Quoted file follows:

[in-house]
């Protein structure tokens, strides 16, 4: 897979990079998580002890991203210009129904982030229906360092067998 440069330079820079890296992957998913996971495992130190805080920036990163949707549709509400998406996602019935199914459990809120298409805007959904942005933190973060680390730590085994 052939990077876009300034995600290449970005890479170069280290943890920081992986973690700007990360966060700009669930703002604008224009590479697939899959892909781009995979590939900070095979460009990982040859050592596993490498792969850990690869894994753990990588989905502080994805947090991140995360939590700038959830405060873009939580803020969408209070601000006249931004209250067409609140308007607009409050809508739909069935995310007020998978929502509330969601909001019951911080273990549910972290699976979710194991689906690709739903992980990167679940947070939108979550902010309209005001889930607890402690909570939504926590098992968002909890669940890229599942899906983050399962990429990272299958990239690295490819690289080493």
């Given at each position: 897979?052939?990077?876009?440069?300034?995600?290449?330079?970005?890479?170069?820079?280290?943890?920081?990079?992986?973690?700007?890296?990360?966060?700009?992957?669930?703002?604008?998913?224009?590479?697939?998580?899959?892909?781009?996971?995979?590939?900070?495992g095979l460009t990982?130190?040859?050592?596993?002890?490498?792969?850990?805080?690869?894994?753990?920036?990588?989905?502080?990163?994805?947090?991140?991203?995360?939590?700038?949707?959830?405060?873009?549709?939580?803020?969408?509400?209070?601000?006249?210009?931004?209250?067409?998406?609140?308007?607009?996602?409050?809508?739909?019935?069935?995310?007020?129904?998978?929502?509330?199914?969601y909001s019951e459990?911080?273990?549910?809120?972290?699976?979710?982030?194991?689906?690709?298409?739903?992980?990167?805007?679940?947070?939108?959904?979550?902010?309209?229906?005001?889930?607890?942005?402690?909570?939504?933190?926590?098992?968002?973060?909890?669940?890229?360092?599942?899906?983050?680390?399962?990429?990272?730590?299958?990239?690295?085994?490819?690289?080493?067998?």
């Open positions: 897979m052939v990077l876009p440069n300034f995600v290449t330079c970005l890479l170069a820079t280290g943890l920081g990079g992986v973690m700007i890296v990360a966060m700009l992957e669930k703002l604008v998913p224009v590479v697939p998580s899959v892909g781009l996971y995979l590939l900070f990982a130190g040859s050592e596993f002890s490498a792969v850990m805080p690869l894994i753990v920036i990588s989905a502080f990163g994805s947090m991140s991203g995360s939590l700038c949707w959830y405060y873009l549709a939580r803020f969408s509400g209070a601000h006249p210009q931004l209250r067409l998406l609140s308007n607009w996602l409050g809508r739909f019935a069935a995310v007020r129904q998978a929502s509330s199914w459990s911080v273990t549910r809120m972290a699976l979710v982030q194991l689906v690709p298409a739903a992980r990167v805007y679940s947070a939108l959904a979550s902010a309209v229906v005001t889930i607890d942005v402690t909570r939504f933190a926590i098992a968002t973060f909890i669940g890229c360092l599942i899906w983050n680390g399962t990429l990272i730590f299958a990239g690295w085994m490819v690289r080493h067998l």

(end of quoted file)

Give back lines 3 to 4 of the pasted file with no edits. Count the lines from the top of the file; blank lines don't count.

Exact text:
């Given at each position: 897979?052939?990077?876009?440069?300034?995600?290449?330079?970005?890479?170069?820079?280290?943890?920081?990079?992986?973690?700007?890296?990360?966060?700009?992957?669930?703002?604008?998913?224009?590479?697939?998580?899959?892909?781009?996971?995979?590939?900070?495992g095979l460009t990982?130190?040859?050592?596993?002890?490498?792969?850990?805080?690869?894994?753990?920036?990588?989905?502080?990163?994805?947090?991140?991203?995360?939590?700038?949707?959830?405060?873009?549709?939580?803020?969408?509400?209070?601000?006249?210009?931004?209250?067409?998406?609140?308007?607009?996602?409050?809508?739909?019935?069935?995310?007020?129904?998978?929502?509330?199914?969601y909001s019951e459990?911080?273990?549910?809120?972290?699976?979710?982030?194991?689906?690709?298409?739903?992980?990167?805007?679940?947070?939108?959904?979550?902010?309209?229906?005001?889930?607890?942005?402690?909570?939504?933190?926590?098992?968002?973060?909890?669940?890229?360092?599942?899906?983050?680390?399962?990429?990272?730590?299958?990239?690295?085994?490819?690289?080493?067998?």
């Open positions: 897979m052939v990077l876009p440069n300034f995600v290449t330079c970005l890479l170069a820079t280290g943890l920081g990079g992986v973690m700007i890296v990360a966060m700009l992957e669930k703002l604008v998913p224009v590479v697939p998580s899959v892909g781009l996971y995979l590939l900070f990982a130190g040859s050592e596993f002890s490498a792969v850990m805080p690869l894994i753990v920036i990588s989905a502080f990163g994805s947090m991140s991203g995360s939590l700038c949707w959830y405060y873009l549709a939580r803020f969408s509400g209070a601000h006249p210009q931004l209250r067409l998406l609140s308007n607009w996602l409050g809508r739909f019935a069935a995310v007020r129904q998978a929502s509330s199914w459990s911080v273990t549910r809120m972290a699976l979710v982030q194991l689906v690709p298409a739903a992980r990167v805007y679940s947070a939108l959904a979550s902010a309209v229906v005001t889930i607890d942005v402690t909570r939504f933190a926590i098992a968002t973060f909890i669940g890229c360092l599942i899906w983050n680390g399962t990429l990272i730590f299958a990239g690295w085994m490819v690289r080493h067998l």